Salt has played a crucial role in the history of civilization and in Greece. In fact, in ancient Greece it was used as a commodity for trading slaves. It is said that the time held expression of “not worth his salt” came from this practice. Also, in ancient times, most civilizations were accompanied by myths, religious and magic rites involving salt and Greece was no exception. With tales of its usage during sacrifices and religious rituals, the history of salt is as exotic as is the amazing alykes, or salt marsh gardens that extend for miles on end in Messolonghi, Greece.
The unique landscape of Messolonghi Lagoon is the largest lagoon in the country and the region is said to produce 60 percent of the country’s salt. In fact, the Messolonghi–Aetoliko lagoon system is considered to be one of the most important Mediterranean lagoons.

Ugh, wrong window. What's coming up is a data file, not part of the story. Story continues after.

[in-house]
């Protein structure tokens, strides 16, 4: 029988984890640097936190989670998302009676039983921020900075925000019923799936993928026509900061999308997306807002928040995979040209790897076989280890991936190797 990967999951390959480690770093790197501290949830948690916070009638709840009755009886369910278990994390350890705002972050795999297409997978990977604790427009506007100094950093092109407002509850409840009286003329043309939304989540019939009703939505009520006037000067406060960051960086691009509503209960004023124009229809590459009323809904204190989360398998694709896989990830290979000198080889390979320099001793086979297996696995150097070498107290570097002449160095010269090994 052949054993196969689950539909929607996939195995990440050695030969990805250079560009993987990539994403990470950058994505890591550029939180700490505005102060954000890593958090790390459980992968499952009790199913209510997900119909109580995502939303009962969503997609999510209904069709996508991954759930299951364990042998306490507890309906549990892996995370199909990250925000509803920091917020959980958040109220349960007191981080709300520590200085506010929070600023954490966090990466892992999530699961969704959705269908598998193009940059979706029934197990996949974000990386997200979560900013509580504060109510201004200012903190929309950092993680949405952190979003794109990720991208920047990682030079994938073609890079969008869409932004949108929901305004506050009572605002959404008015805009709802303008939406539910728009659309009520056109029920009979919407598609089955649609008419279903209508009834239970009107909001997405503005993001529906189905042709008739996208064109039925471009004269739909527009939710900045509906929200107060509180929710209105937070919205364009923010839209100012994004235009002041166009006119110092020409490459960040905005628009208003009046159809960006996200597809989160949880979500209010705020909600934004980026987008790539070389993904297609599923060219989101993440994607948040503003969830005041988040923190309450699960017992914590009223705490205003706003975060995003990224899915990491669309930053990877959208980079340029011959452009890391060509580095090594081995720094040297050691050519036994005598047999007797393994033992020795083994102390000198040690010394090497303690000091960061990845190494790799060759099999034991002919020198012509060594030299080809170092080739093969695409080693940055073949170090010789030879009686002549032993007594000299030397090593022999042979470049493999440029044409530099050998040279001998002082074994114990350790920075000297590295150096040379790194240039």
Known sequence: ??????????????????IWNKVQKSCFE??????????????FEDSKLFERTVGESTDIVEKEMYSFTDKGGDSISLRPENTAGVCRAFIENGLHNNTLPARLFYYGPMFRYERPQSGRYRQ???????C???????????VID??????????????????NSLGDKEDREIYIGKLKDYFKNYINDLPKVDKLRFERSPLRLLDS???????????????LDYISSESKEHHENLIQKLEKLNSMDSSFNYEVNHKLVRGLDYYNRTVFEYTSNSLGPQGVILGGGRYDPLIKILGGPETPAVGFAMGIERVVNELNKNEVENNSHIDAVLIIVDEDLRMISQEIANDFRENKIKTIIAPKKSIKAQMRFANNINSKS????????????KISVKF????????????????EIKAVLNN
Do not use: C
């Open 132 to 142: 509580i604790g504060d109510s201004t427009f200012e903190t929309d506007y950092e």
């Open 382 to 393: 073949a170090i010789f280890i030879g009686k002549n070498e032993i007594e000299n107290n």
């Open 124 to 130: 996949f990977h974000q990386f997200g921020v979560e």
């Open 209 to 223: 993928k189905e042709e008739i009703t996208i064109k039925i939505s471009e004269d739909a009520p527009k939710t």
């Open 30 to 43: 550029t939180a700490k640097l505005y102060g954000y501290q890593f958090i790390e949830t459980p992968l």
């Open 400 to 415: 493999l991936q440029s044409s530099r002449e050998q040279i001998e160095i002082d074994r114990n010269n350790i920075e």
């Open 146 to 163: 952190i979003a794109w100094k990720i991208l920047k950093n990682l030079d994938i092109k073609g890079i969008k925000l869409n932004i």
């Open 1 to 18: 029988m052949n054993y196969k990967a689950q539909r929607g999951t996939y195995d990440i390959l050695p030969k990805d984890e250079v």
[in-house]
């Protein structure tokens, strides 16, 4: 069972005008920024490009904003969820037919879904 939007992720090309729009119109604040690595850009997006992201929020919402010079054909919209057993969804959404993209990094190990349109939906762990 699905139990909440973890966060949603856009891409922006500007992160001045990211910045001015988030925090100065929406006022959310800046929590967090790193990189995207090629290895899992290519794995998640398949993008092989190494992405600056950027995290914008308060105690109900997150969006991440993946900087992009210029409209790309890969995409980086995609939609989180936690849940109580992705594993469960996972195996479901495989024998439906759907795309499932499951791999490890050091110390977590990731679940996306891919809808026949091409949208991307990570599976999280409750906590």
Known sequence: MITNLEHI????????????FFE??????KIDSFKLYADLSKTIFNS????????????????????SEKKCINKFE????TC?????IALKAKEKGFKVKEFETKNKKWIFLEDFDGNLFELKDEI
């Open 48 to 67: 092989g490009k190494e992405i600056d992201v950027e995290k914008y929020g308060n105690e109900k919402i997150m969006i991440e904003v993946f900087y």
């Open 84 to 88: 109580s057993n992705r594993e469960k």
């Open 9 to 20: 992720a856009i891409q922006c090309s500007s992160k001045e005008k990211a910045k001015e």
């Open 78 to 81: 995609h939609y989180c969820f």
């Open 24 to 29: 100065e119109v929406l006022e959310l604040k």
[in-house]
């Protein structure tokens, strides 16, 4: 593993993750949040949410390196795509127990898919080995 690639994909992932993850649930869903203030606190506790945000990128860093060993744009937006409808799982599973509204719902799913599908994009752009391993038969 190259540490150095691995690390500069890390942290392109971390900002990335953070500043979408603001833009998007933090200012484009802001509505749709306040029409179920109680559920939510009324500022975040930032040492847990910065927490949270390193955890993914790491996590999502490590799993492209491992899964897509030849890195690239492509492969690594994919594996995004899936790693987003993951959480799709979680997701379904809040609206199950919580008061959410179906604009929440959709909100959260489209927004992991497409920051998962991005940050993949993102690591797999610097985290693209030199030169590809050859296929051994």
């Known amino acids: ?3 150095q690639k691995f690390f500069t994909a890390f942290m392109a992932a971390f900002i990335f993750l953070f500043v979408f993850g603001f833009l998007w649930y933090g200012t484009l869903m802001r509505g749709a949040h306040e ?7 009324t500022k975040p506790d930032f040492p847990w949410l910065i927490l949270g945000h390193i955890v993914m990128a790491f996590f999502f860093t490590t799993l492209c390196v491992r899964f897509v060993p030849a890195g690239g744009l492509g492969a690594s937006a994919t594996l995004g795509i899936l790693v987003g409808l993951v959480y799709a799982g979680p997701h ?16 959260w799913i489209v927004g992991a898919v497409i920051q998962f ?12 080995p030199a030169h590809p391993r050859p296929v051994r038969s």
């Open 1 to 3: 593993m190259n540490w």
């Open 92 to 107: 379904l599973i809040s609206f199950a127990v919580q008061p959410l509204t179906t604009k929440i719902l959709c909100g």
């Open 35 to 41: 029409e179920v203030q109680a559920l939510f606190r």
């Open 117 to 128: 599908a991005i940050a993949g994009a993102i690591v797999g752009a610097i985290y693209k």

Along the costal road from Messolonghi towards Aetoliko sits salt lakes known as Alykes of Messolonghi. They are eye-catching as there are plots of squared-off fields filled with sea water where, once the water evaporates, the sea salt is left behind to collect. The phenomenon provides an amazing view along the way to the small town of Aetoliko, with flocks of flamingos basking and feeding in the nutrient rich marshes and bright white salt pyramids lining the drive.
The fantastic eco-system of the region is evident upon arrival in Aetoliko which encompasses the small island that separates the two lagoons. Famous for having rare birds and fish species the lagoons are breathtaking, and are dotted with traditional fishing huts built over the water on piles of wood. The drive to the Troulida islet is one of the most sought-after trips in the area, as the sun sets and reflects off the still waters of the lagoon.